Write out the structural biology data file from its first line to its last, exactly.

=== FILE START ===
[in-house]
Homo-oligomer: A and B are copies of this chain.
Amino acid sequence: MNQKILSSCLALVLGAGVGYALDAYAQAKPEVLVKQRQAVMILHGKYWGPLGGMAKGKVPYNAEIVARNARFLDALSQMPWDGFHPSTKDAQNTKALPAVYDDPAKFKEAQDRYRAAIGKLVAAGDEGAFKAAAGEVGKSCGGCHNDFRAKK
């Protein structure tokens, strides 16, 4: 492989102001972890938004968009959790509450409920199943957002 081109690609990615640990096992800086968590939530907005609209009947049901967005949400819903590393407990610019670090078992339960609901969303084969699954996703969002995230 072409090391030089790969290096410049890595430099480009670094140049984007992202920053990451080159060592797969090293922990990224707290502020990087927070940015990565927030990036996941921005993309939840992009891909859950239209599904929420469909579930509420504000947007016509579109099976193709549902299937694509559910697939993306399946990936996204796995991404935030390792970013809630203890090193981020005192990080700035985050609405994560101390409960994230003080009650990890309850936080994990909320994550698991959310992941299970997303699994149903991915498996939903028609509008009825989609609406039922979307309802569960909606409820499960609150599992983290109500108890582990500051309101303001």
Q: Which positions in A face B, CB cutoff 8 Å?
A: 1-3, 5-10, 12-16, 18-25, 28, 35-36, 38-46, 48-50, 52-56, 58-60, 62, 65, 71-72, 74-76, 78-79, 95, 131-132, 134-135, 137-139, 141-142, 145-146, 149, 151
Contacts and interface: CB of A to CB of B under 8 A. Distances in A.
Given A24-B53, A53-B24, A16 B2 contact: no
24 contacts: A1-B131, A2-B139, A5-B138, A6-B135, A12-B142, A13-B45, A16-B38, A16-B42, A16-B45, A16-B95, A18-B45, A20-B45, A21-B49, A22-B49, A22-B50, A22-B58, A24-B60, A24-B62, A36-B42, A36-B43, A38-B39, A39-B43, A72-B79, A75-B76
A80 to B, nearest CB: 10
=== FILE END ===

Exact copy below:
[in-house]
Homo-oligomer: A and B are copies of this chain.
Amino acid sequence: MNQKILSSCLALVLGAGVGYALDAYAQAKPEVLVKQRQAVMILHGKYWGPLGGMAKGKVPYNAEIVARNARFLDALSQMPWDGFHPSTKDAQNTKALPAVYDDPAKFKEAQDRYRAAIGKLVAAGDEGAFKAAAGEVGKSCGGCHNDFRAKK
């Protein structure tokens, strides 16, 4: 492989102001972890938004968009959790509450409920199943957002 081109690609990615640990096992800086968590939530907005609209009947049901967005949400819903590393407990610019670090078992339960609901969303084969699954996703969002995230 072409090391030089790969290096410049890595430099480009670094140049984007992202920053990451080159060592797969090293922990990224707290502020990087927070940015990565927030990036996941921005993309939840992009891909859950239209599904929420469909579930509420504000947007016509579109099976193709549902299937694509559910697939993306399946990936996204796995991404935030390792970013809630203890090193981020005192990080700035985050609405994560101390409960994230003080009650990890309850936080994990909320994550698991959310992941299970997303699994149903991915498996939903028609509008009825989609609406039922979307309802569960909606409820499960609150599992983290109500108890582990500051309101303001």
Q: Which positions in A face B, CB cutoff 8 Å?
A: 1-3, 5-10, 12-16, 18-25, 28, 35-36, 38-46, 48-50, 52-56, 58-60, 62, 65, 71-72, 74-76, 78-79, 95, 131-132, 134-135, 137-139, 141-142, 145-146, 149, 151
Contacts and interface: CB of A to CB of B under 8 A. Distances in A.
Given A24-B53, A53-B24, A16 B2 contact: no
24 contacts: A1-B131, A2-B139, A5-B138, A6-B135, A12-B142, A13-B45, A16-B38, A16-B42, A16-B45, A16-B95, A18-B45, A20-B45, A21-B49, A22-B49, A22-B50, A22-B58, A24-B60, A24-B62, A36-B42, A36-B43, A38-B39, A39-B43, A72-B79, A75-B76
A80 to B, nearest CB: 10